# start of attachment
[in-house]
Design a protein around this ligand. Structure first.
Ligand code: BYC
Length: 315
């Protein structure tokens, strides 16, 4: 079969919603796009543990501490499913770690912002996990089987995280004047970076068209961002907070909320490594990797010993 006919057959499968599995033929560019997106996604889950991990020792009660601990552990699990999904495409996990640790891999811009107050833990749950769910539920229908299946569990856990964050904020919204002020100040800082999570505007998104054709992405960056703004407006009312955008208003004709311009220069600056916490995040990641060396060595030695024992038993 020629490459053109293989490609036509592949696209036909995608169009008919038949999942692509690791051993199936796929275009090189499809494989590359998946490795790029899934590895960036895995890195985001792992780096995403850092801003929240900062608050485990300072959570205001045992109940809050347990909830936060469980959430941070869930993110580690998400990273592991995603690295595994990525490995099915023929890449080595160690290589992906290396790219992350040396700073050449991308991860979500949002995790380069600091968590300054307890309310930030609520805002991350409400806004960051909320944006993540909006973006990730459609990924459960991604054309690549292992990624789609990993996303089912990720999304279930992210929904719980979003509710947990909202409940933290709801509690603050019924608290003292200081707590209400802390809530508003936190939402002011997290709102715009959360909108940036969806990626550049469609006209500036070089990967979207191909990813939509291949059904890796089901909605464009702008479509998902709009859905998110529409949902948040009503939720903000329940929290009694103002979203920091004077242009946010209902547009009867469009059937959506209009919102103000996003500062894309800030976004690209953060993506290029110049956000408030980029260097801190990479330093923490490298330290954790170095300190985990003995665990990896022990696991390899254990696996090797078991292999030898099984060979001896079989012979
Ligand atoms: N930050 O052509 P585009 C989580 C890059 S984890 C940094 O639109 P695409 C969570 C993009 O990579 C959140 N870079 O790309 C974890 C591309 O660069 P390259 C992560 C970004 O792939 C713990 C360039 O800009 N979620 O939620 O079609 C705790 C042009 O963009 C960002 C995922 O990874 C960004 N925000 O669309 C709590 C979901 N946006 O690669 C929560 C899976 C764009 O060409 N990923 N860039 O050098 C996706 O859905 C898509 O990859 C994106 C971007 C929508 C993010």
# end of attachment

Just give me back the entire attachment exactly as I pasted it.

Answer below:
[in-house]
Design a protein around this ligand. Structure first.
Ligand code: BYC
Length: 315
């Protein structure tokens, strides 16, 4: 079969919603796009543990501490499913770690912002996990089987995280004047970076068209961002907070909320490594990797010993 006919057959499968599995033929560019997106996604889950991990020792009660601990552990699990999904495409996990640790891999811009107050833990749950769910539920229908299946569990856990964050904020919204002020100040800082999570505007998104054709992405960056703004407006009312955008208003004709311009220069600056916490995040990641060396060595030695024992038993 020629490459053109293989490609036509592949696209036909995608169009008919038949999942692509690791051993199936796929275009090189499809494989590359998946490795790029899934590895960036895995890195985001792992780096995403850092801003929240900062608050485990300072959570205001045992109940809050347990909830936060469980959430941070869930993110580690998400990273592991995603690295595994990525490995099915023929890449080595160690290589992906290396790219992350040396700073050449991308991860979500949002995790380069600091968590300054307890309310930030609520805002991350409400806004960051909320944006993540909006973006990730459609990924459960991604054309690549292992990624789609990993996303089912990720999304279930992210929904719980979003509710947990909202409940933290709801509690603050019924608290003292200081707590209400802390809530508003936190939402002011997290709102715009959360909108940036969806990626550049469609006209500036070089990967979207191909990813939509291949059904890796089901909605464009702008479509998902709009859905998110529409949902948040009503939720903000329940929290009694103002979203920091004077242009946010209902547009009867469009059937959506209009919102103000996003500062894309800030976004690209953060993506290029110049956000408030980029260097801190990479330093923490490298330290954790170095300190985990003995665990990896022990696991390899254990696996090797078991292999030898099984060979001896079989012979
Ligand atoms: N930050 O052509 P585009 C989580 C890059 S984890 C940094 O639109 P695409 C969570 C993009 O990579 C959140 N870079 O790309 C974890 C591309 O660069 P390259 C992560 C970004 O792939 C713990 C360039 O800009 N979620 O939620 O079609 C705790 C042009 O963009 C960002 C995922 O990874 C960004 N925000 O669309 C709590 C979901 N946006 O690669 C929560 C899976 C764009 O060409 N990923 N860039 O050098 C996706 O859905 C898509 O990859 C994106 C971007 C929508 C993010």